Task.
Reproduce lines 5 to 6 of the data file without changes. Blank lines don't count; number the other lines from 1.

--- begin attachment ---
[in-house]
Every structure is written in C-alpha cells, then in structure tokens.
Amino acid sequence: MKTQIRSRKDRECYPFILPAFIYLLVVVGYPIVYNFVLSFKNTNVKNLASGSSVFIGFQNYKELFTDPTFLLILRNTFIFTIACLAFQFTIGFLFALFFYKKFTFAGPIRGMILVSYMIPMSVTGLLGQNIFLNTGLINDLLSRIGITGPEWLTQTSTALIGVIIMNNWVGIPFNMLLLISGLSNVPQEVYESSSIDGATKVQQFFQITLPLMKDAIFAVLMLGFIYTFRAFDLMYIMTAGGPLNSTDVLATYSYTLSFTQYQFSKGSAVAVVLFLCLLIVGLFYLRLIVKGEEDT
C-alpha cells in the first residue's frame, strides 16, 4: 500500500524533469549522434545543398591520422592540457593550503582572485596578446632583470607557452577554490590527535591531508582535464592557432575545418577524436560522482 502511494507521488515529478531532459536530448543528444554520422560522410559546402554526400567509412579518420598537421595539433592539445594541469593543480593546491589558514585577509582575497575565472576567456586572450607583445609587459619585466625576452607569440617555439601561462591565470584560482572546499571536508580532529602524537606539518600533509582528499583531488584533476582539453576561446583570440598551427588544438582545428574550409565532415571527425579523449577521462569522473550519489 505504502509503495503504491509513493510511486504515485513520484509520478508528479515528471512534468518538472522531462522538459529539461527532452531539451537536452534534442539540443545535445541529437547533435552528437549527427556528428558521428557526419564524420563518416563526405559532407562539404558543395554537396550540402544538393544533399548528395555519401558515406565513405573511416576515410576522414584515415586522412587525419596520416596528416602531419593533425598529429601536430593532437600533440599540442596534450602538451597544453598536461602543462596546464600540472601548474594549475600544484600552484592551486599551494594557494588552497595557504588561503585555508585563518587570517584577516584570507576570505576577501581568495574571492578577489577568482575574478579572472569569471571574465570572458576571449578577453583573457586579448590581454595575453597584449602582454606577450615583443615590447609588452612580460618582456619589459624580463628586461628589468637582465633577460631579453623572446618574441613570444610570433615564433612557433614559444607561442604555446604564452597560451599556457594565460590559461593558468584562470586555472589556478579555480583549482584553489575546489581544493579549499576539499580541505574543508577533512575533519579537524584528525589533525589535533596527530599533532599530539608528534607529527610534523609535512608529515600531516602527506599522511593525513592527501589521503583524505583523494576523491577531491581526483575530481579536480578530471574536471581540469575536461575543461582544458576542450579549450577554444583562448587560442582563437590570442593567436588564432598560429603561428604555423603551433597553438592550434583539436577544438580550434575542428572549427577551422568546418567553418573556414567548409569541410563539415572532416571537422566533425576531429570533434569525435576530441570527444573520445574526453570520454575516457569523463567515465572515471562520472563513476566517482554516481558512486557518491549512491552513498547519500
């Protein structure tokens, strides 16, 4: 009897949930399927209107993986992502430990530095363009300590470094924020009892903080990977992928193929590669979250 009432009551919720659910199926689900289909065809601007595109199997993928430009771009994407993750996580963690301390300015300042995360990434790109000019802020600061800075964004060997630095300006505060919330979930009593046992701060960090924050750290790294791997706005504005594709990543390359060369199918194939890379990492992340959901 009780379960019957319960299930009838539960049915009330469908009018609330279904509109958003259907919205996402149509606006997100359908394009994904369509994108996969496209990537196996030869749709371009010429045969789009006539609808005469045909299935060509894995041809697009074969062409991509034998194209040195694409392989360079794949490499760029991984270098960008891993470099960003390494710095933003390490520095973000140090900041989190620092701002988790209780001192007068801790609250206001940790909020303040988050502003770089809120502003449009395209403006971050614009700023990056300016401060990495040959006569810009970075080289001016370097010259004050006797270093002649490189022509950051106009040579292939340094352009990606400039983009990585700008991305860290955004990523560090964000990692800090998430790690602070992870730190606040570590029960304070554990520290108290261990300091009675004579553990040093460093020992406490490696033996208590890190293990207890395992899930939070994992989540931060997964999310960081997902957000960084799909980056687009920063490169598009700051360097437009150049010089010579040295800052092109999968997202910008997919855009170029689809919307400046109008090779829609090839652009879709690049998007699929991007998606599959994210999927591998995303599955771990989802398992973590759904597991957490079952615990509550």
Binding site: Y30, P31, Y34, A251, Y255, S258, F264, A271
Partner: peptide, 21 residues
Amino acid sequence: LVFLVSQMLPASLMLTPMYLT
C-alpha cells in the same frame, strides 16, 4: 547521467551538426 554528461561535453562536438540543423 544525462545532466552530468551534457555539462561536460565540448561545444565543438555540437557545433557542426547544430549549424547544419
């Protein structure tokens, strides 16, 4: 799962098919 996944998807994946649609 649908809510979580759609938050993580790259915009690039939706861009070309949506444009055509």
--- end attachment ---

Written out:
């Protein structure tokens, strides 16, 4: 009897949930399927209107993986992502430990530095363009300590470094924020009892903080990977992928193929590669979250 009432009551919720659910199926689900289909065809601007595109199997993928430009771009994407993750996580963690301390300015300042995360990434790109000019802020600061800075964004060997630095300006505060919330979930009593046992701060960090924050750290790294791997706005504005594709990543390359060369199918194939890379990492992340959901 009780379960019957319960299930009838539960049915009330469908009018609330279904509109958003259907919205996402149509606006997100359908394009994904369509994108996969496209990537196996030869749709371009010429045969789009006539609808005469045909299935060509894995041809697009074969062409991509034998194209040195694409392989360079794949490499760029991984270098960008891993470099960003390494710095933003390490520095973000140090900041989190620092701002988790209780001192007068801790609250206001940790909020303040988050502003770089809120502003449009395209403006971050614009700023990056300016401060990495040959006569810009970075080289001016370097010259004050006797270093002649490189022509950051106009040579292939340094352009990606400039983009990585700008991305860290955004990523560090964000990692800090998430790690602070992870730190606040570590029960304070554990520290108290261990300091009675004579553990040093460093020992406490490696033996208590890190293990207890395992899930939070994992989540931060997964999310960081997902957000960084799909980056687009920063490169598009700051360097437009150049010089010579040295800052092109999968997202910008997919855009170029689809919307400046109008090779829609090839652009879709690049998007699929991007998606599959994210999927591998995303599955771990989802398992973590759904597991957490079952615990509550």
Binding site: Y30, P31, Y34, A251, Y255, S258, F264, A271